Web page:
16 October 2019

BOOK: Renaud MORIEUX, The Society of Prisoners: Anglo-French Wars and Incarceration in the Eighteenth Century (Oxford University Press, 2019). ISBN 9780198723585, £85.00

(Source: OUP)

Oxford University Press has published a new book on war captivity in the 18th century.


In the eighteenth century, as wars between Britain, France, and their allies raged across the world, hundreds of thousands of people were captured, detained, or exchanged. They were shipped across oceans, marched across continents, or held in an indeterminate limbo. The Society of Prisoners challenges us to rethink the paradoxes of the prisoner of war, defined at once as an enemy and as a fellow human being whose life must be spared. Amidst the emergence of new codifications of international law, the practical distinctions between a prisoner of war, a hostage, a criminal, and a slave were not always clear-cut. Renaud Morieux's vivid and lucid account uses war captivity as a point of departure, investigating how the state transformed itself at war, and how whole societies experienced international conflicts. The detention of foreigners on home soil created the conditions for multifaceted exchanges with the host populations, involving prison guards, priests, pedlars, and philanthropists. Thus, while the imprisonment of enemies signals the extension of Anglo-French rivalry throughout the world, the mass incarceration of foreign soldiers and sailors also illustrates the persistence of non-conflictual relations amidst war. Taking the reader beyond Britain and France, as far as the West Indies and St Helena, this story resonates in our own time, questioning the dividing line between war and peace, and forcing us to confront the untenable situations in which the status of the enemy is left to the whim of the captor.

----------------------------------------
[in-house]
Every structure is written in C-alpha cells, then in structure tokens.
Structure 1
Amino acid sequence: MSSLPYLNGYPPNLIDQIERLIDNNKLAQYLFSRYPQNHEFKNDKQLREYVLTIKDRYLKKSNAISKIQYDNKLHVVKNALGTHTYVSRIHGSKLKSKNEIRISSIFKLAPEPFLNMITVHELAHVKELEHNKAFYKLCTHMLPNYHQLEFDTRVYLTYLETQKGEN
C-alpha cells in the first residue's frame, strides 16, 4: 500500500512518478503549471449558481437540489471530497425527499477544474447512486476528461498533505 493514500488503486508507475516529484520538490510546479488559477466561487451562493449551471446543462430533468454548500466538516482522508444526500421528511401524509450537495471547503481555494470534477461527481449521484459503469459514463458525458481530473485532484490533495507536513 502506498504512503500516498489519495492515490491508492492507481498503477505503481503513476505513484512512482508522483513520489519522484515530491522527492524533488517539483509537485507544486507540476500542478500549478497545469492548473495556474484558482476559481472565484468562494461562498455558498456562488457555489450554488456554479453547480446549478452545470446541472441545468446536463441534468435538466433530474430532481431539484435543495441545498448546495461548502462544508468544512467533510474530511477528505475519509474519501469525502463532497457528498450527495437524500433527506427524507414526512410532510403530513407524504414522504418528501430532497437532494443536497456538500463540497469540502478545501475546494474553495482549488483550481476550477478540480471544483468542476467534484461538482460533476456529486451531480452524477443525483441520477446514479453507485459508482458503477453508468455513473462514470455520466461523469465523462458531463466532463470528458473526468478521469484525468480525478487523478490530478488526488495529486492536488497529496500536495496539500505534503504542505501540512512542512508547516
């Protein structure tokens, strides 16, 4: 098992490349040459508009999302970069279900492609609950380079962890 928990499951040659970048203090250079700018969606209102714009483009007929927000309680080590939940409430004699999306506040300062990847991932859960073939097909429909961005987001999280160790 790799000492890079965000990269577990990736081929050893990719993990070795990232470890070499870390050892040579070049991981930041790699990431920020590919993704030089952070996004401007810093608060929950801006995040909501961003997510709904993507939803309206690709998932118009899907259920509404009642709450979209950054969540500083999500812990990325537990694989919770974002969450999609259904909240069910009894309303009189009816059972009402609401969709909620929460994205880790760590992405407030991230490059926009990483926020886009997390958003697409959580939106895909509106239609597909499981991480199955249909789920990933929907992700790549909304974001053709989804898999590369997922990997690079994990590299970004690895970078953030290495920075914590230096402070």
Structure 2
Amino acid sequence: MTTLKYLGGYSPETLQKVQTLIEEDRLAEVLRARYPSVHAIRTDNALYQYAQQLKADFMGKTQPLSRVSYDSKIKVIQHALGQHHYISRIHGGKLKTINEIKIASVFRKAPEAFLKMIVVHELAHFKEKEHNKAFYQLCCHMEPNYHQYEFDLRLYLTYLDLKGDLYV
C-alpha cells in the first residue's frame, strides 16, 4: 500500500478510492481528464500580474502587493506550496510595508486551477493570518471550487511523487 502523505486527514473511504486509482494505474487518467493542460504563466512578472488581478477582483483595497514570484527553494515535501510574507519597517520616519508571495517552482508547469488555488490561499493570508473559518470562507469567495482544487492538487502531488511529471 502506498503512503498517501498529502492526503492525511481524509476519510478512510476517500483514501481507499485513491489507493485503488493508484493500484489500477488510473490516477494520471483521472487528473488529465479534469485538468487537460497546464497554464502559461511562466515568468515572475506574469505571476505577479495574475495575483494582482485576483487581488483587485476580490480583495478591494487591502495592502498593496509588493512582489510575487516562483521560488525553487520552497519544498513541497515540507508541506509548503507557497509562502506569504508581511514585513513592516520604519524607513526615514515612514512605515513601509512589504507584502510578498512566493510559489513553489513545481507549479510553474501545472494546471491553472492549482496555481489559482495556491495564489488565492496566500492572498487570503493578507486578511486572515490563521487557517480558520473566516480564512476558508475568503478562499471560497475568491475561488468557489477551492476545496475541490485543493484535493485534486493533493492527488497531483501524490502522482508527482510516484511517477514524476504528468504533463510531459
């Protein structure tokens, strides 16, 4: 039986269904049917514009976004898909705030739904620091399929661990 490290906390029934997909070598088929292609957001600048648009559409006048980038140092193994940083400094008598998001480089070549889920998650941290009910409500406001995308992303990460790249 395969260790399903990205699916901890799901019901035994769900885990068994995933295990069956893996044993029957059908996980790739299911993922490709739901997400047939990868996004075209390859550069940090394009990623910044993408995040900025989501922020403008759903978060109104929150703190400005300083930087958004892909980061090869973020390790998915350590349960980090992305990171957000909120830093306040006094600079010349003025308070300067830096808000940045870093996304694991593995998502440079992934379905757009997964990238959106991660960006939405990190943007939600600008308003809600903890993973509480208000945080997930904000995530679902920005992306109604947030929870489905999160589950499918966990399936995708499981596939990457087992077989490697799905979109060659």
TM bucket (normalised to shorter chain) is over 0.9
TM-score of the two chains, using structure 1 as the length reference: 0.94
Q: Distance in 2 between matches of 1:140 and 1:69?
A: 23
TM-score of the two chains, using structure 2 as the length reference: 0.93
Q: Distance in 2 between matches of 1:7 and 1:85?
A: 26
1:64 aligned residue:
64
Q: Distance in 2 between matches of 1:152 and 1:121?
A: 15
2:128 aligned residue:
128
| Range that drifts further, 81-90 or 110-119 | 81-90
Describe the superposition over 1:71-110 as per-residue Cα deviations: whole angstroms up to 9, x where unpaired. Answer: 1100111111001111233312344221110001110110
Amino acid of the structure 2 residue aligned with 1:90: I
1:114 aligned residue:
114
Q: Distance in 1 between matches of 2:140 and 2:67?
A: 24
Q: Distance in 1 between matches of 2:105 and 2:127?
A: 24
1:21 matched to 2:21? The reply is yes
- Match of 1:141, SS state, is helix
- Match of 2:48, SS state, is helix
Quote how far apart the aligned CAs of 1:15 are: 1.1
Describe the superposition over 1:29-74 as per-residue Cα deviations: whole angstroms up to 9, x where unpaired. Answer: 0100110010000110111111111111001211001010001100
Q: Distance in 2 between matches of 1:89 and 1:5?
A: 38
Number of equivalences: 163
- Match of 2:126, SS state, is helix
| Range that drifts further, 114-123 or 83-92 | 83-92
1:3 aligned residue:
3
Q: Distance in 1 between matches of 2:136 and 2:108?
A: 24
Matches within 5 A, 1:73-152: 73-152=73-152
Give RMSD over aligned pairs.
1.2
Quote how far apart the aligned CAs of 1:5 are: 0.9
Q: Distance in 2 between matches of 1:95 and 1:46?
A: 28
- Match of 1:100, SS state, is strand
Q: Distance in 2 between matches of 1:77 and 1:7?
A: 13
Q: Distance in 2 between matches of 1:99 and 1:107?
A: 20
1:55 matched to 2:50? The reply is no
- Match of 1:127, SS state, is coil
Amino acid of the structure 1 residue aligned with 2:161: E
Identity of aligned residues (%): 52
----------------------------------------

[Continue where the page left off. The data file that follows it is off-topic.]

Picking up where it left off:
Renaud Morieux, Senior Lecturer, Faculty of History, University of Cambridge

Renaud Morieux has been a lecturer in British history at Cambridge since 2011, before which he lectured in modern history at Lille for five years. His career, spanning the Channel, exemplifies his attempts to cross the intellectual and academic borders between France and Britain.


1: Defining the prisoner of war in international law: a comparative approach
2: Hate or love thy enemy? Humanitarian patriotism
3: The multiple geographies of war captivity
4: The anatomy of the war prison
5: The reinvention of Society?
6: War captivity and social interactions
Epilogue: Napoleon the prisoner of peace

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